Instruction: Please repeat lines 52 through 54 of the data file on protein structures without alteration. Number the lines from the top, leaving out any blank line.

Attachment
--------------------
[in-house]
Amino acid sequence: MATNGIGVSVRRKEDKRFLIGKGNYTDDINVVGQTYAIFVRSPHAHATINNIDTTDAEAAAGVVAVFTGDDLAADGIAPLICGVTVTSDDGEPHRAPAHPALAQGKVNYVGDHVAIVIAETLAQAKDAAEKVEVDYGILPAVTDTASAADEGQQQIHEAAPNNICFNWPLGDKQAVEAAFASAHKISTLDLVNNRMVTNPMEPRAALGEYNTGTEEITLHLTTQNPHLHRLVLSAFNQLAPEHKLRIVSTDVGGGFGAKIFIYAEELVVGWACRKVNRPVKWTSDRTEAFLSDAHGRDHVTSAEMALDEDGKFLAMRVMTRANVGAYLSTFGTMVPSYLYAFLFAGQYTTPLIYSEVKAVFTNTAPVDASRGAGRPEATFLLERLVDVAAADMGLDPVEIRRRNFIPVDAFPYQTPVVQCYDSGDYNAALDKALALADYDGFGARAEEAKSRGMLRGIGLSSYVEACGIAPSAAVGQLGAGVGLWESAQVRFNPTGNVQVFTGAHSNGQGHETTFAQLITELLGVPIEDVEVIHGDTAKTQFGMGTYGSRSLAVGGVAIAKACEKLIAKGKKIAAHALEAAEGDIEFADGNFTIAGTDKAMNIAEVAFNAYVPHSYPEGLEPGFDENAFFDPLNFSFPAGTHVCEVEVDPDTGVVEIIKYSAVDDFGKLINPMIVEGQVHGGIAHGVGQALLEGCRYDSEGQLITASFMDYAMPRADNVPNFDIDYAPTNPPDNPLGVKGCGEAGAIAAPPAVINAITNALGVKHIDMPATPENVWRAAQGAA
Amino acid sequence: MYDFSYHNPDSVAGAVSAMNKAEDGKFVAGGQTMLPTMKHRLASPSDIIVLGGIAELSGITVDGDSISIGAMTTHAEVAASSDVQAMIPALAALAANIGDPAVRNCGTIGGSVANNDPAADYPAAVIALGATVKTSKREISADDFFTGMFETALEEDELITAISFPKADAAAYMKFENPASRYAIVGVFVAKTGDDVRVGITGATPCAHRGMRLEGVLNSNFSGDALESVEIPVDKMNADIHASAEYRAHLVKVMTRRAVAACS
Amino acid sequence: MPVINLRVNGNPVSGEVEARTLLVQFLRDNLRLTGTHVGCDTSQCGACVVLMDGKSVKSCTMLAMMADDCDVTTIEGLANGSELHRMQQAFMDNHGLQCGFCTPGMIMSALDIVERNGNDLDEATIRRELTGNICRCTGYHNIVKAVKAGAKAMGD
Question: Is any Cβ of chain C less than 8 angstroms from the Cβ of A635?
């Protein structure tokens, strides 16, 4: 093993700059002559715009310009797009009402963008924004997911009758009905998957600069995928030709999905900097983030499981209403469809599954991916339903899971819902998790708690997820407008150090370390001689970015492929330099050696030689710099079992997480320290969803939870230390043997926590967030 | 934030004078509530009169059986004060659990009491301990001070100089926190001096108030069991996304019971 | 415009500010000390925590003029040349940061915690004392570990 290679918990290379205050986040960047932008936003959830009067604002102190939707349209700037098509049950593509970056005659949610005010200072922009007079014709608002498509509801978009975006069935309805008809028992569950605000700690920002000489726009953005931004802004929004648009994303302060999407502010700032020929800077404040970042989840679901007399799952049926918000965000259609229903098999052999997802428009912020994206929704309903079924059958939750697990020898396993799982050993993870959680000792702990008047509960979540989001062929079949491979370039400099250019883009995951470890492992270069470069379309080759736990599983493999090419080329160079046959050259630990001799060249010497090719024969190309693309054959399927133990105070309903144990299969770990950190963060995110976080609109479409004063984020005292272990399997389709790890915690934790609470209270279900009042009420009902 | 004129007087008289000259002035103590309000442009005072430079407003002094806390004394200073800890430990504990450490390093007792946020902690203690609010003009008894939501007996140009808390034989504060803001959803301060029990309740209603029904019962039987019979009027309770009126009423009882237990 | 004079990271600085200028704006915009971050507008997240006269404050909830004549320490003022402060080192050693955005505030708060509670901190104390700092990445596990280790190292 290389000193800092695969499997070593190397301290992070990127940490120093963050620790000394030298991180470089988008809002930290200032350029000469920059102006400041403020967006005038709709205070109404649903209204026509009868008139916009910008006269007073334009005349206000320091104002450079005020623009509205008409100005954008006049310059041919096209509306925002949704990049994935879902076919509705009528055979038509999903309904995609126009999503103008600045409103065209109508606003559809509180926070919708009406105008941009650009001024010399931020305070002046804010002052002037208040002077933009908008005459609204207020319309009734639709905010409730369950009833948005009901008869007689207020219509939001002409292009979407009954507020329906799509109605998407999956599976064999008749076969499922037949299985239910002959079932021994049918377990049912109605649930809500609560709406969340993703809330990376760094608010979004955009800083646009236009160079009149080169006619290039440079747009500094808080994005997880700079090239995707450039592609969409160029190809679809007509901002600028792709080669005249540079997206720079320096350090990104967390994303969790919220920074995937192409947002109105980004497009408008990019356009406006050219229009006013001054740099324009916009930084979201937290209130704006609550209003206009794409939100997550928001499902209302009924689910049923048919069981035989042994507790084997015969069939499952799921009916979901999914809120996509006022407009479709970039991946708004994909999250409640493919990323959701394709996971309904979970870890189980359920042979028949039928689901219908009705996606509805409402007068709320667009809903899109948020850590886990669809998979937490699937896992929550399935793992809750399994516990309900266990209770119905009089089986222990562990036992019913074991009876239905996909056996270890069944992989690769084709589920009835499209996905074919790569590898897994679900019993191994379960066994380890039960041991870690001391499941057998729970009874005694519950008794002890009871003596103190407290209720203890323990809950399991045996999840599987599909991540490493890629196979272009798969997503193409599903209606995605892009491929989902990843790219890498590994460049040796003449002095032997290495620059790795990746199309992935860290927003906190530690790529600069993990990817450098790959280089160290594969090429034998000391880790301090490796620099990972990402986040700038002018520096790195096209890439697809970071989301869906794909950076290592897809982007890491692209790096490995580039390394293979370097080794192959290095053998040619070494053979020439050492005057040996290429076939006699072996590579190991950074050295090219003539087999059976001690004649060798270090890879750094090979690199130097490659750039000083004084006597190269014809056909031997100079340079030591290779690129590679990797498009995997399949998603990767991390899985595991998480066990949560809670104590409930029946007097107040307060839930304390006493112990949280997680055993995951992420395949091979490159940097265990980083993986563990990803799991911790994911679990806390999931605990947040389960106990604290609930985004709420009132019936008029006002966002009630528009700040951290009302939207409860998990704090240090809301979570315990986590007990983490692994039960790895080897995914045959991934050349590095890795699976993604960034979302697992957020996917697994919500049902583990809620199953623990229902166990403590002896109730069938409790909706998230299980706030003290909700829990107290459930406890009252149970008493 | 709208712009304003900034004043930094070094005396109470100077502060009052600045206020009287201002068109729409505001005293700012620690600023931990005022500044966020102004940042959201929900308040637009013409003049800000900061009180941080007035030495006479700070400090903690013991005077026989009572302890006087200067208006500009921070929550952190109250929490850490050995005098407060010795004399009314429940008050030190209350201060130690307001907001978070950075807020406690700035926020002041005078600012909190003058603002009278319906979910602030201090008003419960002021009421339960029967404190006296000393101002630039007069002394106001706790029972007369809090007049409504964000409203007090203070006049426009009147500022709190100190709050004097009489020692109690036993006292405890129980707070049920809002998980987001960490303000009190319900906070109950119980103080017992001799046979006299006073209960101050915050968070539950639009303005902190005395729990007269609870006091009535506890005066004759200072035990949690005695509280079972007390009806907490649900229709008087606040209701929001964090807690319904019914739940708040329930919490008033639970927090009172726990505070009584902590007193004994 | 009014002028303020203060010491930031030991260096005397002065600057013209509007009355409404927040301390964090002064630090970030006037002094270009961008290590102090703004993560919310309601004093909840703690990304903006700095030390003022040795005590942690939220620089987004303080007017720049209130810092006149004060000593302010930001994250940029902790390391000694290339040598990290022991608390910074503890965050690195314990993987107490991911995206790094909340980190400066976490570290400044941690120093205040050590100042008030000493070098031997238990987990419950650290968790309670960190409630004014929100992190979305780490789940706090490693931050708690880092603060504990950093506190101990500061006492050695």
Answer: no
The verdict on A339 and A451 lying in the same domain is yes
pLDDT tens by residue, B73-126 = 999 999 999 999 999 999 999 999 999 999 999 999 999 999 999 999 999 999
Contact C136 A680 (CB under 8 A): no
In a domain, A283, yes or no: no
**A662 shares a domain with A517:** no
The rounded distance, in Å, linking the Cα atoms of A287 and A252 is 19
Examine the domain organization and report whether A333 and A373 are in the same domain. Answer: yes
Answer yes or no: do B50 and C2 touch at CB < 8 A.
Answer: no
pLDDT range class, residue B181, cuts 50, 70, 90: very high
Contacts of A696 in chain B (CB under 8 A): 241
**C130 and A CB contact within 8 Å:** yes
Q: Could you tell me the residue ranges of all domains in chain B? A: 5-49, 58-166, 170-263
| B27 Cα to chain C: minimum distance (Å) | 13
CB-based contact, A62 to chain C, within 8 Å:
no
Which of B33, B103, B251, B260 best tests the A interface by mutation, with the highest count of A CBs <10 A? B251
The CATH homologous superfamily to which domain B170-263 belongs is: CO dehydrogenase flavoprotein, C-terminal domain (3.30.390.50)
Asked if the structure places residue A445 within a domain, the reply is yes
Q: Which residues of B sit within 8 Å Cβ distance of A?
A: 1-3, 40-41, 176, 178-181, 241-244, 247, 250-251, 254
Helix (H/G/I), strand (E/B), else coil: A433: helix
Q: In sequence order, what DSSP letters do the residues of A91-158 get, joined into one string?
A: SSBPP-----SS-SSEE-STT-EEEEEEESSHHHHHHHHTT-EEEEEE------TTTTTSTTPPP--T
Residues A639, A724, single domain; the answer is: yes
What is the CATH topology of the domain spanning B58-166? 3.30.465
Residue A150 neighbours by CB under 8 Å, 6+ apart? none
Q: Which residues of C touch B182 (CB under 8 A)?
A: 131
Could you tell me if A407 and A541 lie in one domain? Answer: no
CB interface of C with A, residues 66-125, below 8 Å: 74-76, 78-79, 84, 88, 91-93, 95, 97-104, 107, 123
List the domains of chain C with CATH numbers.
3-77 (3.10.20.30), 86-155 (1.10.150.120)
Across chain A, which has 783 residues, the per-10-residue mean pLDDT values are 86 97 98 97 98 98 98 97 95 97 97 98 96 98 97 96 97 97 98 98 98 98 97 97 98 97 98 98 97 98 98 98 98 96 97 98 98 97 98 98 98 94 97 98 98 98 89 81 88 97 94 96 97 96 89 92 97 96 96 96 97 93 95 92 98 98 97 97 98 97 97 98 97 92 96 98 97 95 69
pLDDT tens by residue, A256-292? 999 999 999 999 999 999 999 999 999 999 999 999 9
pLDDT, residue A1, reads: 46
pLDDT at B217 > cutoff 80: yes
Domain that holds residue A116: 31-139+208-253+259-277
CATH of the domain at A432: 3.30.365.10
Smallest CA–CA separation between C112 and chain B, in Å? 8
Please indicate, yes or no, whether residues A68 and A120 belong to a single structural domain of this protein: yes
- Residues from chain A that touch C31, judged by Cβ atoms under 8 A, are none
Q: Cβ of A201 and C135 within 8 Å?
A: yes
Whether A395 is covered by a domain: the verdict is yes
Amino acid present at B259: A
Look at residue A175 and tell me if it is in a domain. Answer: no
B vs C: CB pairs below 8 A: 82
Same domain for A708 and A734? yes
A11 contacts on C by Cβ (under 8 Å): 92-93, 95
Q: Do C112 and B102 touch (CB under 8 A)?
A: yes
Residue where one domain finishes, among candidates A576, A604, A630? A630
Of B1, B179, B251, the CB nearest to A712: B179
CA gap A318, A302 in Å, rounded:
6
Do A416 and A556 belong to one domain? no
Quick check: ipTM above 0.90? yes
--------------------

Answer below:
Whether A395 is covered by a domain: the verdict is yes
Amino acid present at B259: A
Look at residue A175 and tell me if it is in a domain. Answer: no